Friday, December 14, 2012

[Australia] - Adoptions in Australia Fall to Historic Low - The Age - Rachel Browne & Vince Chadwick

Australia in the last 30 years has had a ever decreasing level of adoption.  Both locally and from overseas.  Why?  Well adoption is simply something that is incredibly difficult to do in Australia.  And if you want to go overseas, it is just as hard, if not harder.  For Gays and Lesbians, overseas adoption is simply not an option because of our homophobic government.  Only a small number of Australian states actually allow gays and lesbians to adopt locally, but given the almost complete lack of children available for adoption - it is essentially not possible.

This story on Adoption levels appeared in today's THE AGE newspaper:

[Source: Original Article]

THE number of children adopted by Australians has fallen to a historic low, with only 333 children adopted in 2011-12.

Experts believe it is because of the time it takes to adopt from overseas.
A report from the Australian Institute of Health and Welfare released on Friday shows the number of adoptees was 13 per cent lower than in 2010-11 and 78 per cent less than in 1987-88.

Adoptions Australia 2011-12 shows that it takes more than 4½ years for an overseas-born child to be placed with an Australian family once they have been approved. Placements took just over three years in 2007-08.

Ricky Brisson, executive officer of the inter-country adoption support network Australian Families for Children, said the time delays were frustrating for people who wanted to adopt from overseas.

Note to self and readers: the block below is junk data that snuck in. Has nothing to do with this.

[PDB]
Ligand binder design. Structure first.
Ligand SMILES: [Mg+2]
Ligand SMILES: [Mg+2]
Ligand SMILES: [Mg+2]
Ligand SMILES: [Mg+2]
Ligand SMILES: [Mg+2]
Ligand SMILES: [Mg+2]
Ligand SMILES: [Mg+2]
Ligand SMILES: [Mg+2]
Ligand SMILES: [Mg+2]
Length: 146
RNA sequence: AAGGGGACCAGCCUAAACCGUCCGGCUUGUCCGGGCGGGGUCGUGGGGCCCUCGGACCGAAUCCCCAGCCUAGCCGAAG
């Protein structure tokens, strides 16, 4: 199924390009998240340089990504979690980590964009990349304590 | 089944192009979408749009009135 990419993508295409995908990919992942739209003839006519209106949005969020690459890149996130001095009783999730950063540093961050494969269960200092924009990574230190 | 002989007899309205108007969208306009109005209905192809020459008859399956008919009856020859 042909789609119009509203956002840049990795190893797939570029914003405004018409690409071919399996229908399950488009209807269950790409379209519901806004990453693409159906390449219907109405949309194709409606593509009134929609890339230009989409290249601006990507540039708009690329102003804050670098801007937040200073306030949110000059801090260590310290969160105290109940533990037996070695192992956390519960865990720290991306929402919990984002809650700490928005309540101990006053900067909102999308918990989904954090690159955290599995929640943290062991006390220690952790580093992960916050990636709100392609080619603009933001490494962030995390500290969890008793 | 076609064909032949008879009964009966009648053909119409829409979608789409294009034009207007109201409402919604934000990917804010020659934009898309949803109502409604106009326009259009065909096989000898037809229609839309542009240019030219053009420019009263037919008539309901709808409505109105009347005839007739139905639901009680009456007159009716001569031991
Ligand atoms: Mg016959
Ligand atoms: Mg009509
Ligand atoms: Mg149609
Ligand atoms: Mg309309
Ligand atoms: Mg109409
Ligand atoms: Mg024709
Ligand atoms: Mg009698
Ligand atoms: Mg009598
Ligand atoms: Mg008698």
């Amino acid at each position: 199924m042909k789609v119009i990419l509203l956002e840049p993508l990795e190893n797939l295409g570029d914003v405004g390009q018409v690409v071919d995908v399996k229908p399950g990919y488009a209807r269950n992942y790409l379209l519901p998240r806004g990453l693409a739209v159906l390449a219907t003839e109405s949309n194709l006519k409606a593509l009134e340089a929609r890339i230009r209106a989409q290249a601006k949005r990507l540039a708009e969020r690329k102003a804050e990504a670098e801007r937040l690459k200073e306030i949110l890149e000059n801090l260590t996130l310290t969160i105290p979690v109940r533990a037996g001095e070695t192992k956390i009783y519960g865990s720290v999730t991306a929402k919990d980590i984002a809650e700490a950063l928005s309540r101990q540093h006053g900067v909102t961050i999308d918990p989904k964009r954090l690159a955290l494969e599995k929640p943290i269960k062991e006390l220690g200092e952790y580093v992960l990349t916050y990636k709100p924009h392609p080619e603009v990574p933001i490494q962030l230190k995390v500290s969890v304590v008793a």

''The government policies are hindering the process,'' she said. ''There are so many children who are not allowed to be adopted by Australian families. It's hard to adopt older kids, it's hard to adopt children with special needs, it's hard to adopt children in groups.''

Tim Beard, spokesman for the institute, said many of the complications with inter-country adoptions, including the number of applications and resources of the overseas authority, were beyond the government's control.

''Australian Central Authorities have maintained or improved the time taken to complete the aspects of intercountry adoption they are responsible for,'' Mr Beard said.

Federal Attorney-General Nicola Roxon closed Australia's adoption program with Ethiopia in June.

Of children adopted from overseas in 2011-12, 86 per cent came from Asia, 12 per cent from Africa and 2 per cent from Central or South America. The most common countries of origin were the Philippines, South Korea, China and Taiwan.

The adoption figures show Australian-born children outnumbered overseas children for the first time since 1998-99. Of the 333 adoptions, 184 were Australian, compared with 149 from overseas.

Mr Beard attributed this to a 10-year high in adoptions by ''known'' carers such as foster parents. Known carers accounted for 70 adoptions in 2011-12, up from 29 in 2002-03.

NSW Community Services Minister Pru Goward announced proposals in November that will make it easier for foster carers to adopt.

Child welfare group Barnardos Australia, which finalised 25 adoptions from foster care through its NSW-based Find A Family program this year, supports open adoption for children who cannot be restored to their birth families.

Almost 95 per cent of local adoptions finalised in 2011-12 were open, meaning all parties agreed to contact between the adoptive and birth families.

Economist Saul Eslake and his wife, Linda, adopted two children from China in 2004 and 2009. Mr Eslake said one reason for the drop in domestic adoptions was ''supply side'' while some prospective parents were deterred by the idea of open adoptions.

[Source: Original Article]

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